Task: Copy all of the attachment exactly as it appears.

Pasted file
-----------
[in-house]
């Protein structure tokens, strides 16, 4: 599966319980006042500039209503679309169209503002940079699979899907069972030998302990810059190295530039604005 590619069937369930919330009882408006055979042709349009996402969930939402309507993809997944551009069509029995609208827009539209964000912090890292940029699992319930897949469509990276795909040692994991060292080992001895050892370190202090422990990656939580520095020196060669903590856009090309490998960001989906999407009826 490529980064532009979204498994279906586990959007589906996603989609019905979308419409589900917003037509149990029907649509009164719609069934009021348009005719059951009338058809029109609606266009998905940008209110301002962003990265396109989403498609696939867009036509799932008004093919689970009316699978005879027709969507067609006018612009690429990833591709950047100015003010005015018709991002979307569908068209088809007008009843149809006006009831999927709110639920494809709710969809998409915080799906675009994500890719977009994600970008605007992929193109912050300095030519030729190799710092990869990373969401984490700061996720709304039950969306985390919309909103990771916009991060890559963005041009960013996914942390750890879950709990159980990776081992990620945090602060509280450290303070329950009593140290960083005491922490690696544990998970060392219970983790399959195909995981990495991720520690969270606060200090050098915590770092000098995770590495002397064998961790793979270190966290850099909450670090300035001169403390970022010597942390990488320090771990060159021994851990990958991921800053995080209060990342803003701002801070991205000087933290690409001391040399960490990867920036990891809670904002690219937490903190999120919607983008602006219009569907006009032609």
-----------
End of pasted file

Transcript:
[in-house]
């Protein structure tokens, strides 16, 4: 599966319980006042500039209503679309169209503002940079699979899907069972030998302990810059190295530039604005 590619069937369930919330009882408006055979042709349009996402969930939402309507993809997944551009069509029995609208827009539209964000912090890292940029699992319930897949469509990276795909040692994991060292080992001895050892370190202090422990990656939580520095020196060669903590856009090309490998960001989906999407009826 490529980064532009979204498994279906586990959007589906996603989609019905979308419409589900917003037509149990029907649509009164719609069934009021348009005719059951009338058809029109609606266009998905940008209110301002962003990265396109989403498609696939867009036509799932008004093919689970009316699978005879027709969507067609006018612009690429990833591709950047100015003010005015018709991002979307569908068209088809007008009843149809006006009831999927709110639920494809709710969809998409915080799906675009994500890719977009994600970008605007992929193109912050300095030519030729190799710092990869990373969401984490700061996720709304039950969306985390919309909103990771916009991060890559963005041009960013996914942390750890879950709990159980990776081992990620945090602060509280450290303070329950009593140290960083005491922490690696544990998970060392219970983790399959195909995981990495991720520690969270606060200090050098915590770092000098995770590495002397064998961790793979270190966290850099909450670090300035001169403390970022010597942390990488320090771990060159021994851990990958991921800053995080209060990342803003701002801070991205000087933290690409001391040399960490990867920036990891809670904002690219937490903190999120919607983008602006219009569907006009032609």